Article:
IZARD COUNTY, Ark. (KATV) — It was September 27, 2004, when the family of 22-year-old Rebekah Gould received the news they were not hoping to hear - her body was discovered in a ditch, bludgeoned to death, in rural Izard County.
Journalist and author, George Jared, was a budding newspaper reporter at the time Gould was initially reported missing roughly a week prior to her body being found by police.
"The mother of this woman - Rebekah Gould's mother - hands me a missing poster and says we're looking for my daughter," said Jared. "I jotted some notes on the back of the missing poster - and so for the next four or five days we were out looking for Rebekah."
Gould was reportedly last seen taking a friend she had been staying with to work at Sonic. The 22-year-old was getting her life together, enrolled at Northwest Arkansas Community College in Fayetteville with dreams of attending the University of Arkansas. Gould was supposed to meet up with her sister to head back to Fayetteville but never showed up.
A welfare check of the home she had been staying in showed signs of a struggle, a bloodied mattress flipped over, leading investigators to suspect foul play was involved in her disappearance. A search effort ended when a local woman reported smelling a foul odor and seeing buzzards flying near her home. Authorities discovered Gould body in a state of decay - dead from apparent blunt force trauma to the head.
"She was in a t-shirt and panties, she had been there for about a week," recalled Jared. "The forensics make it look like she probably died the morning that she disappeared."
Since then, Gould's murder remains unsolved. Jared has written several real-crime books, each one featuring an update in Gould's case.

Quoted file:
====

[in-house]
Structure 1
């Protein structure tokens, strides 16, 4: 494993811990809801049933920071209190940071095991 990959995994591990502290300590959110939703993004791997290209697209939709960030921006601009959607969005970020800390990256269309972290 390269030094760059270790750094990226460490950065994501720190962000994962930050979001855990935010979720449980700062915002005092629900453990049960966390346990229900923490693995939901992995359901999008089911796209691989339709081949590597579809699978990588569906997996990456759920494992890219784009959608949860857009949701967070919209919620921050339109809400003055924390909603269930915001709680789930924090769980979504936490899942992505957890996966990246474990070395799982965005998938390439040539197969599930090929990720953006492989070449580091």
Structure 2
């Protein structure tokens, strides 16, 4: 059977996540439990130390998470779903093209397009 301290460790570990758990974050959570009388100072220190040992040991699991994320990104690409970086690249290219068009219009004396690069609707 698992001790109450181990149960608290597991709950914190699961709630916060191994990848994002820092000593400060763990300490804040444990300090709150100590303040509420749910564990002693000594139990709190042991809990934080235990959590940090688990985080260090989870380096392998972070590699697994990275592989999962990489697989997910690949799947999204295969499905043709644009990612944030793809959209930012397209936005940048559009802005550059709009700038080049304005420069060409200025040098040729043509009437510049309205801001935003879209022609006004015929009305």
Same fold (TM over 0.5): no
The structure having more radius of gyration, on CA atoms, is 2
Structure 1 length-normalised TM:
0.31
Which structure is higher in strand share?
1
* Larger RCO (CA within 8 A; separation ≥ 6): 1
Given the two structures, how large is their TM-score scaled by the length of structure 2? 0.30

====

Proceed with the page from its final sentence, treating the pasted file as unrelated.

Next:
Last year, Gould's homicide gained national attention as the focus of an eight-part podcast series called "Hell and Gone". The podcast features Arkansas-native Catherine Townsend, a writer, and private-investigator, whose sister went to school with Rebekah's sister.
Late Tuesday, a billboard was put up just inside Melbourne city limits, offering a $25,000 reward for information leading to an arrest and conviction in Gould's death.
"I think there's lots of evidence pointing into a certain direction," said Jared. "I think if anybody with an independent mind would examine it - I think it's very obvious what happened here."
Many that have become involved with the case say there's an obvious suspect, but apparently, the case is lacking forensic evidence.
Arkansas State Police have been the lead agency on the investigation since Gould's body was discovered. ASP declined to be involved in the recent offering of a reward.
In a statement released to KATV, ASP says 15 years later the case remains open and active.
"The homicide case involving the death of Rebekah Gould remains an active investigation. In recent months Special Agents assigned to the Arkansas State Police Criminal Investigation Division have followed-up on leads in the case and worked closely with Arkansas State Crime Laboratory forensic experts.
With respect to your question about the cash reward being coordinated by friends and family of Ms. Gould, the Arkansas State Police looks forward to receiving any new witness information or evidence that may come from these individuals.
Commanders within the Arkansas State Police consulted with the prosecuting attorney of jurisdiction about the offer of a cash reward. In the interest of protecting the integrity of the case, there was a consensus that it would be left to the friends and family to coordinate the reward publicity and administer the distribution of any cash under the terms they may choose.
Meanwhile, the case agents assigned to the investigation are working diligently to provide enough credible evidence to the prosecuting attorney who will be left to decide whether criminal charges should be filed."
In the meantime, Gould's killer still walks free. Her family is looking to pay to change that.